Car-Free and Carefree in Vancity

I’ve got five kids, and in today’s one-kid society this means I get a lot of unsolicited advice that starts with “You’ve got five kids! You can’t possibly do [fill in the blank].”

This is especially true when it comes to the issue of cars: when I was considering selling ours, you’d have thought I was putting the kids themselves on the market.

OK, that’s a slight exaggeration, but you get the gist: “Life without a car is impossible with such a big family!”

But it’s not. We live in the downtown core, where everything is walkable. So hand in hand with offloading our money toilet – er, car – was my plan to teach the kids to rely more on public transit, the way I do.

There she goes...

We bought the van $2,800 two years ago. Not much depreciation…

Earlier I wrote about our ongoing transit experiment. Car or no car, I feel that this is a hugely important skill for my brood to have: As parents, one of our primary goals is to teach our kids how to live without us, and to that end, the independence that comes with public transit mastery is invaluable. The self-esteem payoff for kids is equally huge, leading them to believe they can tackle anything in school, in their friend group, at home and beyond.

My focus, as I said, is the “no car” part of that equation, for several reasons.

First, driving a car is the single most risky thing we do every day. About 100 people a day die due to car crashes in the US alone. Loading five kids into a car is literally putting all your eggs in one very frail basket surrounded by, well, things that break eggs. Cutting personal auto reliance out of our lives reduces risk dramatically.

This is a 2015 Kia minivan, part of the Modo carshare. It costs just $8/hour to rent!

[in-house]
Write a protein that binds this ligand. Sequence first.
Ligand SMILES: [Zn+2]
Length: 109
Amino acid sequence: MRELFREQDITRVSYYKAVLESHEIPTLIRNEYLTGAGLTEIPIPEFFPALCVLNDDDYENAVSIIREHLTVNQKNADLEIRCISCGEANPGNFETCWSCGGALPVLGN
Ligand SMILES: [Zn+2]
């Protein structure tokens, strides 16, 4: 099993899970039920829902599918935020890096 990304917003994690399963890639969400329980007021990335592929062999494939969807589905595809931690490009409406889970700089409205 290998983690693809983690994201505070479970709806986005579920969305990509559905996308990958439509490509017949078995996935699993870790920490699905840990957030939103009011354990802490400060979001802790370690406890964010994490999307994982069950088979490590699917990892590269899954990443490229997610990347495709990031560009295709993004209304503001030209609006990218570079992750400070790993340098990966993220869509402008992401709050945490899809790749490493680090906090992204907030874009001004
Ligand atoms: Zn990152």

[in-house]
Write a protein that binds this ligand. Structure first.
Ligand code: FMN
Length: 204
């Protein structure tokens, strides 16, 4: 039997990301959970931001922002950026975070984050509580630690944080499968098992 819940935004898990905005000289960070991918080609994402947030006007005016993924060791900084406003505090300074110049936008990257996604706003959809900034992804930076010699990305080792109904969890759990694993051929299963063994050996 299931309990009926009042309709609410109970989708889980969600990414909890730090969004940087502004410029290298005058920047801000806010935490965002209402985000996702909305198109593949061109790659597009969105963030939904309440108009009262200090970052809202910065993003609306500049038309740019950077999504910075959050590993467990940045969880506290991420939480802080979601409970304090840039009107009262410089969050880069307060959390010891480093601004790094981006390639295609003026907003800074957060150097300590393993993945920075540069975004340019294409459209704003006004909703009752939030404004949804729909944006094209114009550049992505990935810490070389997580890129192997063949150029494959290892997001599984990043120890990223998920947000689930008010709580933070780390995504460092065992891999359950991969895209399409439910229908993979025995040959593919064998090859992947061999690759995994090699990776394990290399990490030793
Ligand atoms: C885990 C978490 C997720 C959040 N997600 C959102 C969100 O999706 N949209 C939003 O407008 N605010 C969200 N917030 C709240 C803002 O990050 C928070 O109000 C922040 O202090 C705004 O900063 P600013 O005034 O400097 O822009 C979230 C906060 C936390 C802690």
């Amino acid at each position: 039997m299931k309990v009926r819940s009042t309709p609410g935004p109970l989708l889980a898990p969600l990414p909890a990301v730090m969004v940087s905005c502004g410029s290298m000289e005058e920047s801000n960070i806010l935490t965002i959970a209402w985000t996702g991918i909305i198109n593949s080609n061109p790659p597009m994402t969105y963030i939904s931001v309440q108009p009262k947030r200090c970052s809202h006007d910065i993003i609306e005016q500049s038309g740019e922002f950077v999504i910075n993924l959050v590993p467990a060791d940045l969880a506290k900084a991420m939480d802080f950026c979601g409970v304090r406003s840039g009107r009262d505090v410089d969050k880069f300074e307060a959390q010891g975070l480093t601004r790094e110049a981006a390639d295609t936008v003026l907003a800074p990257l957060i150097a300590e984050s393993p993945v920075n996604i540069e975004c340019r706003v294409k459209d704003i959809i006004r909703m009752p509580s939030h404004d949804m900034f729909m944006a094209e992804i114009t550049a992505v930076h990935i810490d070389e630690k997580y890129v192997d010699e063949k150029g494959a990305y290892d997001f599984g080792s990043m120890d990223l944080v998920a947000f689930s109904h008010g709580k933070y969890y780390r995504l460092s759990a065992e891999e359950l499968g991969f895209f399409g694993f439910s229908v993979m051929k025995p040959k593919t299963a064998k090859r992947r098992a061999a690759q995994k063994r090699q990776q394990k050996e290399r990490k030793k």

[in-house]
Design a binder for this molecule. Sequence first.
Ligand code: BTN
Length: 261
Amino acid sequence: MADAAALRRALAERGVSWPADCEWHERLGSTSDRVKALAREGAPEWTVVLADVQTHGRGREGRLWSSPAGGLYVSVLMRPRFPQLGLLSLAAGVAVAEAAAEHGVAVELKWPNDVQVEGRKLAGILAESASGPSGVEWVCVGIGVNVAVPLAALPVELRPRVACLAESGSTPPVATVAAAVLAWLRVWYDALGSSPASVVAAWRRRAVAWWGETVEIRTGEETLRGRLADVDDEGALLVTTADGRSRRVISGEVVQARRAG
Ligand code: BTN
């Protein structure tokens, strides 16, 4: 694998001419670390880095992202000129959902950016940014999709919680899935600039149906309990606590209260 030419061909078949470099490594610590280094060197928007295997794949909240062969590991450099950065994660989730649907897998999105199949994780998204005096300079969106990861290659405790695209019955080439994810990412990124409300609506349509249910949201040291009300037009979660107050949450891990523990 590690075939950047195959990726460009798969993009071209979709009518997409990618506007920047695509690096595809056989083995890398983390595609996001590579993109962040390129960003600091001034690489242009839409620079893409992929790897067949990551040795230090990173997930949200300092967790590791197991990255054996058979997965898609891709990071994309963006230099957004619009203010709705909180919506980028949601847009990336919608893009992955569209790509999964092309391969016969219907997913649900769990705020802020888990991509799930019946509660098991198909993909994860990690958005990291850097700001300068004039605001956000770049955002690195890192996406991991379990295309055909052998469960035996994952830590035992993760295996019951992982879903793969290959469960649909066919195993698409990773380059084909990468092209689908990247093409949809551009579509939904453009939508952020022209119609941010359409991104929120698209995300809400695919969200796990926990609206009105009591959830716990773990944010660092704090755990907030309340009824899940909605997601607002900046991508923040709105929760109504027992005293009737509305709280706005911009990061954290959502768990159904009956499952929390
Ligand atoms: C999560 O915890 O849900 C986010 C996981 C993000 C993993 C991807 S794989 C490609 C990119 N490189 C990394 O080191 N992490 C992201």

This is a 2015 Kia minivan, part of the Modo carshare. It costs just $8/hour to rent!

Second, owning a car is financially ruinous. Transit and car sharing are pay-per-use propositions – sans automobile, we have no lingering responsibility for repairs, insurance, gas, etc. I’d rather spend our family’s limited funds on experiences than on owning a car. Before committing to selling the car, I ran some detailed spreadsheets. I analyzed the cost of car ownership (specific to our car) versus taking the bus, more car shares and occasionally renting a vehicle for road trips. Giving up personal car ownership always came out as the best option.

The kids proudly display their Compass cards (transit passes) on our first official day of car-free living.

The kids proudly display their Compass cards (transit passes) on our first official day of car-free living.

Third, there’s also a very real psychological cost to maintaining a vehicle. It breaks, you worry. You crash, you worry. Even driving it takes a toll – you worry about your responsibility in piloting such a dangerous machine (or at least you should worry). You feel powerless stuck behind the wheel in traffic. I’d rather leave those stresses to others.